Evangelicals in massive phone campaign get their leaders to back away from endorsing amnesty
as though evangelicals are not the open borders liberals we’ve been saying they are. To the contrary. Roy Beck writes in an e-mail from NumbersUSA:
FRIENDS, LET’S DECLARE A LITTLE VICTORY
I think all of us will want to thank the approximately one-third of our NumbersUSA members who are evangelicals.
They have done a huge amount of faxing and phone calling the last two weeks to stop their denominations from helping Sen. Chuck Schumer (D-N.Y.) build a new coalition to pass an amnesty.
The results are that they have helped crumble a major pillar of Schumer’s plans to pass an amnesty this winter. After looking like they were backing the amnesty, most of the evangelical denominations are now refusing to sign an endorsement.
Read this blog for the details of the overall fight and the victory thus far.
(We still have the problem that most Mainline Protestant, Catholic and Jewish national groups continue to endorse amnesty. If you are a member of any of those and want to challenge them—or if you are an evangelical and want to make sure this current victory stays in the win column—please be sure you have taken this short Religion Survey. That will allow you to see special faxing opportunities.)
OVERWHELMING EVANGELICAL ENDORSEMENT WAS KEY TO SCHUMER’S AMNESTY PLAN
When the late Sen. Ted Kennedy had to give up his 45-year Senate leadership on immigration, Schumer took over. He immediately revealed that he was going to do three things differently than Kennedy in order to pass the amnesty that Kennedy had failed to pass the last 8 years.
Read my blog for Schumer’s first two changes. But the third change was to enlist the elites of the evangelical Christian movement to be an entirely new face for amnesty.
Earlier this month, it looked like Schumer had pulled off a miracle. He assembled a Senate hearing panel of big-name evangelicals, including the president of the National Association of Evangelicals (NAE) to endorse his plan to legalize most illegal aliens and to greatly increase the number of foreign workers allowed in the future.
The NAE, with 42 member denominations, is the most conspicuous evangelical presence on Capitol Hill. [LA asks: Just one evangelical group has forty two denominations? How many evangelical denominations are there all together?]
The NAE president told Schumer that the NAE’s endorsement of legalization and increased foreign worker importation was “without dissent.”
We put that out to all NumbersUSA activists who are members of those 42 denominations and let them notify their national leaders how they felt about their decision to manipulate theology to make a case to favor illegal aliens over unemployed Americans.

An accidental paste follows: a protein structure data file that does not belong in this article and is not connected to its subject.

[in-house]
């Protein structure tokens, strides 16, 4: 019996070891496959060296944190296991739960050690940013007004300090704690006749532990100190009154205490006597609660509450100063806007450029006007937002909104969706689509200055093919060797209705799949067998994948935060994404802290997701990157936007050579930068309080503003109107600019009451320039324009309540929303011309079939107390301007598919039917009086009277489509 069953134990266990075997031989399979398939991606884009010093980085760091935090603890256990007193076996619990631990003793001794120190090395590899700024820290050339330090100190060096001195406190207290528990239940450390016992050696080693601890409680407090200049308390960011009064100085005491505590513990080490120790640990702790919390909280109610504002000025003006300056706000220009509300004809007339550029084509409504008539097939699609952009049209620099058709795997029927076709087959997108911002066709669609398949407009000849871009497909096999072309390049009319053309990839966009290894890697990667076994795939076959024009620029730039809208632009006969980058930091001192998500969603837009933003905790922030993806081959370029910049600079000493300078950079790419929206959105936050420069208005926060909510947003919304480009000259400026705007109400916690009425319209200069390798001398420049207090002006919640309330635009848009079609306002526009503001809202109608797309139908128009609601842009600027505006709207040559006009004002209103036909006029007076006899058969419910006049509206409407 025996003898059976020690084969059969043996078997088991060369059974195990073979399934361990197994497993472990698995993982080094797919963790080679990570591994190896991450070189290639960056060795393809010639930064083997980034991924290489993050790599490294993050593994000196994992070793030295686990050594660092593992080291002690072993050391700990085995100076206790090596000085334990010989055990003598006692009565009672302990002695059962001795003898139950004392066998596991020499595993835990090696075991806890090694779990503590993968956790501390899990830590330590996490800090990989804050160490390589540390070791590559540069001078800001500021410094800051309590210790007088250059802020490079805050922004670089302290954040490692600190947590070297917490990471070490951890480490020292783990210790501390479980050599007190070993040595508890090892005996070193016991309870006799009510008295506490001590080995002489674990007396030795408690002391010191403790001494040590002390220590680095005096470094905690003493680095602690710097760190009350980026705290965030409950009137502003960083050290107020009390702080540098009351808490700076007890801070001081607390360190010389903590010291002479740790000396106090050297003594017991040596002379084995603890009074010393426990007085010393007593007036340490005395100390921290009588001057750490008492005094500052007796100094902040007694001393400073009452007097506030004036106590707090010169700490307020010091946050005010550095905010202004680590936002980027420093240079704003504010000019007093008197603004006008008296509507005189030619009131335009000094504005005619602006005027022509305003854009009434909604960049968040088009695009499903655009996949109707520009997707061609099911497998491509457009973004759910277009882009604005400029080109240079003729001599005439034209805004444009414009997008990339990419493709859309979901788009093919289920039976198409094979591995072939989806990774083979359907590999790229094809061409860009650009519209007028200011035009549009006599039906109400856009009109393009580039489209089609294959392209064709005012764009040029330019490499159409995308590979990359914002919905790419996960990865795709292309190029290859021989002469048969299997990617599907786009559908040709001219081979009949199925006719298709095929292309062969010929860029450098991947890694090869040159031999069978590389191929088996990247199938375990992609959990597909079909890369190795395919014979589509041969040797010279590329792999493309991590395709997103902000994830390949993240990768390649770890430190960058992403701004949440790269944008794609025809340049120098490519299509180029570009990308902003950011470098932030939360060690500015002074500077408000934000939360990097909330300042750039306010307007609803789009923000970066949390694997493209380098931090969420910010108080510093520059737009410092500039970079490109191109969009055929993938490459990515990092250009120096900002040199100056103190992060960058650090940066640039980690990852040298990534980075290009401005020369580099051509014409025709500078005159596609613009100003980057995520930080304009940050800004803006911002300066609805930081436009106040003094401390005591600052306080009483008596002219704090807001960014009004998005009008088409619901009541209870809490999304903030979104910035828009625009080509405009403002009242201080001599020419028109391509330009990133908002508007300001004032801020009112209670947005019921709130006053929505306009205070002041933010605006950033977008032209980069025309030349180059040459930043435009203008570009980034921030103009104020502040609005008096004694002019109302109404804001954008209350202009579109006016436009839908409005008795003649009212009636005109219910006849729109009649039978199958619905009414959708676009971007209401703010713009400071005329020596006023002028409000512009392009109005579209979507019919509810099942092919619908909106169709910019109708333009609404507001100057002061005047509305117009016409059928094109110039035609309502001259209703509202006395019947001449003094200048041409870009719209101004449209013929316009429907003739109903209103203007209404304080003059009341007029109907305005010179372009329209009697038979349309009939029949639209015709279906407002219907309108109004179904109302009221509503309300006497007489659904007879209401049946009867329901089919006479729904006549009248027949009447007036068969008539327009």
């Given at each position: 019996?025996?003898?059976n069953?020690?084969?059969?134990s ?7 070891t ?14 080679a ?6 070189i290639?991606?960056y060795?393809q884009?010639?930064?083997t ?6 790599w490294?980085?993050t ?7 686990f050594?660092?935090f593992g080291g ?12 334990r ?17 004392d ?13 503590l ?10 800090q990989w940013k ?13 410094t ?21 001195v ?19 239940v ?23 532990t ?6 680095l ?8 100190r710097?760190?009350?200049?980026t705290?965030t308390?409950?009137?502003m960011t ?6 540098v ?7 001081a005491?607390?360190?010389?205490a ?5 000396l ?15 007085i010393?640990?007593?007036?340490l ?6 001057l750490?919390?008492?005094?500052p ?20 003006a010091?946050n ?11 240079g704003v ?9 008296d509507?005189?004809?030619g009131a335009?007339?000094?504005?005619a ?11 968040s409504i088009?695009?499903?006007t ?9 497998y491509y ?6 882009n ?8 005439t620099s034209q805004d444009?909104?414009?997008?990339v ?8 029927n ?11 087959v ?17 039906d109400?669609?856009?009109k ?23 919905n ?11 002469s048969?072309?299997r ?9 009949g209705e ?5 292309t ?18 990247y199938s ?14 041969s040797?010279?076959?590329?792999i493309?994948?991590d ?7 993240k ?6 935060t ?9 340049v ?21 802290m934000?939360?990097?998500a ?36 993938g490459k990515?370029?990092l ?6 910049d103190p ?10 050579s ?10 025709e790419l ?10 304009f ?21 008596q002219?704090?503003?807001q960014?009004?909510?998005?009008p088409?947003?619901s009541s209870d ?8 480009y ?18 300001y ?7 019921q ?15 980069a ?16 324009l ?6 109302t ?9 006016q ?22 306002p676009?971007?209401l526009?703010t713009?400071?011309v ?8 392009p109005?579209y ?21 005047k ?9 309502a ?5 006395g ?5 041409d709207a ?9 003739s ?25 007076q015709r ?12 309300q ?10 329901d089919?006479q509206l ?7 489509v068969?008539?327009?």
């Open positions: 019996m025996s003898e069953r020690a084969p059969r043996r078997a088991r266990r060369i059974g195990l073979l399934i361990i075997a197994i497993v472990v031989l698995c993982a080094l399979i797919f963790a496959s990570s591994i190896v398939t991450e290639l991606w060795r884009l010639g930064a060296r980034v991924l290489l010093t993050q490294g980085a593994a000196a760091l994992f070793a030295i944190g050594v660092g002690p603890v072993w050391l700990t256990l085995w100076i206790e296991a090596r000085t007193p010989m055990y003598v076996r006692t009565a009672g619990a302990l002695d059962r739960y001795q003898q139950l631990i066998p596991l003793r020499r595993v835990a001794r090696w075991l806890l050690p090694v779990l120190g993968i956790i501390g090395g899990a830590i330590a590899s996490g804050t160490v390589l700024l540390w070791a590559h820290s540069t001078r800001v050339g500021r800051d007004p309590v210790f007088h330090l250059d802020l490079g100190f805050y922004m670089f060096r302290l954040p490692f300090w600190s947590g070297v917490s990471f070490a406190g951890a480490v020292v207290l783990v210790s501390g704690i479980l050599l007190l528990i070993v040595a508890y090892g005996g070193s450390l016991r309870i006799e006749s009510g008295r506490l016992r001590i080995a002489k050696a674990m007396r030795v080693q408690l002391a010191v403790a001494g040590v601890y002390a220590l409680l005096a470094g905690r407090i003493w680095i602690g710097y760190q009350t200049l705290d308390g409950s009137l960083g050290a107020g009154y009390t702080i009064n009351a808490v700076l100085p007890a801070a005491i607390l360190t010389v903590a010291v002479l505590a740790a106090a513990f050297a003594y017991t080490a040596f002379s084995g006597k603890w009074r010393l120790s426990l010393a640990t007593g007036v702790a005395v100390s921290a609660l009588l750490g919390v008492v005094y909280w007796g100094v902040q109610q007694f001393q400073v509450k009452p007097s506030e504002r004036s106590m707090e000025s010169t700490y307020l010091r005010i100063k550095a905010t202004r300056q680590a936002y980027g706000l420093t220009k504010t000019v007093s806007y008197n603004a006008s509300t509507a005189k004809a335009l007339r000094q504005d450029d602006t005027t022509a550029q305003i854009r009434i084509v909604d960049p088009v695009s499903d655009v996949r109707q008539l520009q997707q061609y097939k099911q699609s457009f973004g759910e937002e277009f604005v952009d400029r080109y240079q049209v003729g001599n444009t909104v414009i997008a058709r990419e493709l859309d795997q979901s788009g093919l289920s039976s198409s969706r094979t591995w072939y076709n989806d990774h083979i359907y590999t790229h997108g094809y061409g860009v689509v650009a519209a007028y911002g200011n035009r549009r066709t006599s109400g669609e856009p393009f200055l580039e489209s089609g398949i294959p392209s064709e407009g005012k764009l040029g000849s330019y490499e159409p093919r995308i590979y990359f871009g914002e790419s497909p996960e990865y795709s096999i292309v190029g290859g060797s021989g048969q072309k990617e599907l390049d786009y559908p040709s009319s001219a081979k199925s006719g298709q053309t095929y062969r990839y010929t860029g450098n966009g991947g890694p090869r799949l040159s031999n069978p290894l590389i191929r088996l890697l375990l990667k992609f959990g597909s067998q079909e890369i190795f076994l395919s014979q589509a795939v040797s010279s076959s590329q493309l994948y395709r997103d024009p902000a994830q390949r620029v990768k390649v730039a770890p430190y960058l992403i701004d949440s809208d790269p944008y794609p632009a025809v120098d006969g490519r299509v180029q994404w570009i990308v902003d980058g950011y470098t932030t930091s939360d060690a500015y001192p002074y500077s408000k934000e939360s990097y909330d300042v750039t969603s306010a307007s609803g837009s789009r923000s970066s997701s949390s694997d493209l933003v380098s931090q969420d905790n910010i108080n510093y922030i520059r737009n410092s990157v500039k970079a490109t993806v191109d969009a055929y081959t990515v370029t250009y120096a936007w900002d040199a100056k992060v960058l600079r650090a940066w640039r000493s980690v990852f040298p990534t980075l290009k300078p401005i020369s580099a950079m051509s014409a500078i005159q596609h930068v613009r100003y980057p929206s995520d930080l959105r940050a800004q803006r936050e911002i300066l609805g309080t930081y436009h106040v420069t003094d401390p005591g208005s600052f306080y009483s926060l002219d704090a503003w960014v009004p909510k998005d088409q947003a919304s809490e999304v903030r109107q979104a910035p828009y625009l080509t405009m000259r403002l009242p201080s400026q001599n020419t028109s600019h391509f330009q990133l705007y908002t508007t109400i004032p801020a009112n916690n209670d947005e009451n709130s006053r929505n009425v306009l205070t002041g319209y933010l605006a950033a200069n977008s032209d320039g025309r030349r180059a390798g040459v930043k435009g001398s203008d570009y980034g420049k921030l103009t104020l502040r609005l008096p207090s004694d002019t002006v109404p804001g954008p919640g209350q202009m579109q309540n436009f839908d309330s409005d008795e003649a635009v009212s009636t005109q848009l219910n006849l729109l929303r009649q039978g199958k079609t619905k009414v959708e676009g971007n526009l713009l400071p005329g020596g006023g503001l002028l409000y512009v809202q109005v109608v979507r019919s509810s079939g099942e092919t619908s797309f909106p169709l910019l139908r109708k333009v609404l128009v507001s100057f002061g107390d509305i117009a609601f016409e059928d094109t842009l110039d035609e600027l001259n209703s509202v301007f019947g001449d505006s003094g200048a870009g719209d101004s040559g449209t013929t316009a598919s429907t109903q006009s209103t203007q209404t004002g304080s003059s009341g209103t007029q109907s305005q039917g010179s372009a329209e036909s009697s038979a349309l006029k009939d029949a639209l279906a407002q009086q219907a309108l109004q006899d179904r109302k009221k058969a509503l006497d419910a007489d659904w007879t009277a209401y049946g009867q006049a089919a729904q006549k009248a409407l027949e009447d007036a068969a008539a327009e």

Denominations immediately began to post disclaimers on their websites and distance themselves from the NAE. Some of them provided some pretty strong biblical and theological reasons AGAINST amnesty.
So far, only 11 of the 42 member denominations have been willing to sign onto the NAE pro-amnesty document.
What a victory. Nobody can even contemplate attempting to claim evangelical support for amnesty in the future.
Click here to see the list of 11 evangelical denominations that are lobbying for amnesty and more foreign workers (and also the list of the 31 evangelical denominations which resisted being pulled onto the amnesty bandwagon).
We are continually posting new actions on your NumbersUSA Action Board. Please check to see if you have done all you can do this week.
[end of Beck e-mail]
Clark Coleman writes:
When the NAE vote was taken, Roy Beck’s blog entry claimed that, according to polls over the years, evangelical voters are more opposed to amnesty than the public at large. I was going to question your generalizations about evangelicals in general in your blog entry on this same NAE vote, but Beck did not provide any hard polling data.
In this new story, it does appear that evangelicals spoke loudly and clearly to their leadership.
It makes sense that evangelicals oppose amnesty at greater than the national average. After all, everyone cannot be below the average, right? Arguably, Jews and Catholics and mainline Protestants and business owners and Asians and Hispanics and libertarians are all below average in their resistance to amnesty. If evangelicals are as well, then I guess we would need 100 percent opposition from non-libertarian, non-liberal atheists to make up the difference. The math doesn’t add up without evangelicals being as conservative on this issue as on many others.
Let’s not blame all evangelicals for “leaders” and “spokesmen” who are often unrepresentative.
Terry Morris writes:
Don’t you just love the way that the Atheist-Darwinists, the HBDers and whatever will take bad information like that concerning the position of evangelicals on immigration and run with it all the way to the goal line (as in the thread at Mangan’s) to support their goofed up view that Christianity is the root cause of the destruction of Western civilization? The mistake that the HBDers and the Schumerites make in common is in assuming that individual Christians and the various individual church bodies they form necessarily hold to a view enunciated by their so-called national “leaders.” I said the other day under the other thread that this isn’t so. And indeed, I have a newsflash for all of the anti-Christian “conservatives” out there—you can’t possibly save America from the destructive influence of liberalism without Christians. But we can do so without you.
Posted by Lawrence Auster at October 23, 2009 01:05 AM | Send